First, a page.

Mining blamed for tourism decline

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The resources industry is hurting the tourism sector and not benefitting workers outside the mining industry, according to left-leaning think tank The Australia Institute.

Yesterday Australia Institute executive director Richard Denniss said while mining magnates were "great at talking up the benefits of their boom" they were not taking responsibility for the hurt mining "imposes" on rural communities.

"While we have all heard stories about truck driving jobs earning big dollars, the reality for the 99 per cent of Queenslanders who don’t work in the mining industry is high housing costs, higher mortgage interest rates and fewer jobs in tourism, manufacturing and agriculture," he said.

"Every new mine means a higher Australian dollar, and the higher the dollar, the fewer the tourists."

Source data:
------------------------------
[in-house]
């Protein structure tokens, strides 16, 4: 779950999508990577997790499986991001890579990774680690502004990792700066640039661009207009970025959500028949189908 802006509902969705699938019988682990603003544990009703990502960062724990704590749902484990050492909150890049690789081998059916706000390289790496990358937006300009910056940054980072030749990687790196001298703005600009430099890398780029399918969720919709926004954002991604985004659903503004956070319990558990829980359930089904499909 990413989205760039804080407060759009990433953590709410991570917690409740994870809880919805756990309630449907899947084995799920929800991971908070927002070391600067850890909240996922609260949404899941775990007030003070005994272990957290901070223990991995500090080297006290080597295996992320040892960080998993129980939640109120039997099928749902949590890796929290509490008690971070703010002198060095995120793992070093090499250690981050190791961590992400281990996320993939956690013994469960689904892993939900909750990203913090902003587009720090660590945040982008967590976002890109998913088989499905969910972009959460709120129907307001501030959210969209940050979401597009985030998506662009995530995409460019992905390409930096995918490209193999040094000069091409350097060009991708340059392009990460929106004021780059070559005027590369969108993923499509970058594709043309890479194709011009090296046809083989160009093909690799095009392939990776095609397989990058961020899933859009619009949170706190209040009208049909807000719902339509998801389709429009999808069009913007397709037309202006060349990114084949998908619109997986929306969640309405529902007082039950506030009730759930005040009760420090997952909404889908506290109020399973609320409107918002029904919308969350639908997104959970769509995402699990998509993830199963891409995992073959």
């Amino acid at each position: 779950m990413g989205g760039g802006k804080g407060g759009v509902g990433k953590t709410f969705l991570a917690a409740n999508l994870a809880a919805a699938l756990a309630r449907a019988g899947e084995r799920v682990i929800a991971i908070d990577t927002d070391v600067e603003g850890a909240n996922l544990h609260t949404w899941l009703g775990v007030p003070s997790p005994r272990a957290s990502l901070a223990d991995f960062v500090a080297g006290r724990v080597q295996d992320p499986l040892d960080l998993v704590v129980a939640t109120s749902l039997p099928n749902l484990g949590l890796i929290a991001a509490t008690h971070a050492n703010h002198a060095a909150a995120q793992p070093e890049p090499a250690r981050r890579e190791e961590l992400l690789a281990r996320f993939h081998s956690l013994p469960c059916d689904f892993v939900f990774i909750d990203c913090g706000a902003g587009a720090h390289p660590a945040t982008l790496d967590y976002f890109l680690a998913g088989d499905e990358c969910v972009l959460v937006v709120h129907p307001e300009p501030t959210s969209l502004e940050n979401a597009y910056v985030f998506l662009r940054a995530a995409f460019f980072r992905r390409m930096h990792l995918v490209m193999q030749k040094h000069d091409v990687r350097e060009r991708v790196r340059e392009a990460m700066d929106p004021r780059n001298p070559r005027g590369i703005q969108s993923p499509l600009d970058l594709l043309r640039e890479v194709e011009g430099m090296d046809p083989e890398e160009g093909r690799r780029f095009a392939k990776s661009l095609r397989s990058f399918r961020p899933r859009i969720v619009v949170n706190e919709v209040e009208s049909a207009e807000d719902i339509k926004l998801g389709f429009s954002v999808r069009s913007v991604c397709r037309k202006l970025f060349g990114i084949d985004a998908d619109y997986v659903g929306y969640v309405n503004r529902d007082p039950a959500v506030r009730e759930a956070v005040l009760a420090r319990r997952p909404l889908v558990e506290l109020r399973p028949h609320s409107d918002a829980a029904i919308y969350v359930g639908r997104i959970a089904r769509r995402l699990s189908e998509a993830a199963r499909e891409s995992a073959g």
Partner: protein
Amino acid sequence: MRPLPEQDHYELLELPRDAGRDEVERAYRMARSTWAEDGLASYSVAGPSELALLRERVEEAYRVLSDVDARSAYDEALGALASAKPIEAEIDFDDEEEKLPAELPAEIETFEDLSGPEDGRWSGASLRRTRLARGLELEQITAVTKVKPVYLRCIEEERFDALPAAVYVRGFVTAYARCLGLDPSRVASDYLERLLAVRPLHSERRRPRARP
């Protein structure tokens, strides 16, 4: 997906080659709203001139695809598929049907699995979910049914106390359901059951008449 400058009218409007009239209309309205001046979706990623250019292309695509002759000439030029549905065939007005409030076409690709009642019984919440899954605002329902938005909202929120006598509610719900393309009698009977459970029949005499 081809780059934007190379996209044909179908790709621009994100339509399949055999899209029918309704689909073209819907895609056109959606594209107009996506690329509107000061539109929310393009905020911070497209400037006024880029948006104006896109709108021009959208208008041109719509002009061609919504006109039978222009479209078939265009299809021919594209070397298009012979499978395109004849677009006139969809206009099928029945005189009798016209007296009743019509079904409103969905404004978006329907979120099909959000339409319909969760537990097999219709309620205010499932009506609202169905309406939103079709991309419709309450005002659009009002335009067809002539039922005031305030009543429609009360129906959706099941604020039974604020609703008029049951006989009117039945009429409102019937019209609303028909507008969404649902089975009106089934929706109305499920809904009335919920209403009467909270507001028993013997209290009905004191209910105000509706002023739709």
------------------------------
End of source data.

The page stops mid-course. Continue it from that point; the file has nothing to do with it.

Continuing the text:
The AI said a new report by Queensland’s Office of Economic and Statistical Research on employment projections showed trade exposed industries like manufacturing and tourism continued to be hurt by mining.

The AI said mining’s strength was "good for those lucky few who work in it" but meant tougher times for most other workers.

The criticism runs contrary to comments made by the Reserve Bank last month, which said the mining industry benefitted the entire economy.

RBA deputy governor Phillip Lowe said while mining’s strength produced challenges for some industries, its had boosted the economy overall.

"In effect, there is a chain that links the investment boom in the Pilbara and in Queensland to the increase in spending at cafés and restaurants in Melbourne or Sydney," he said.

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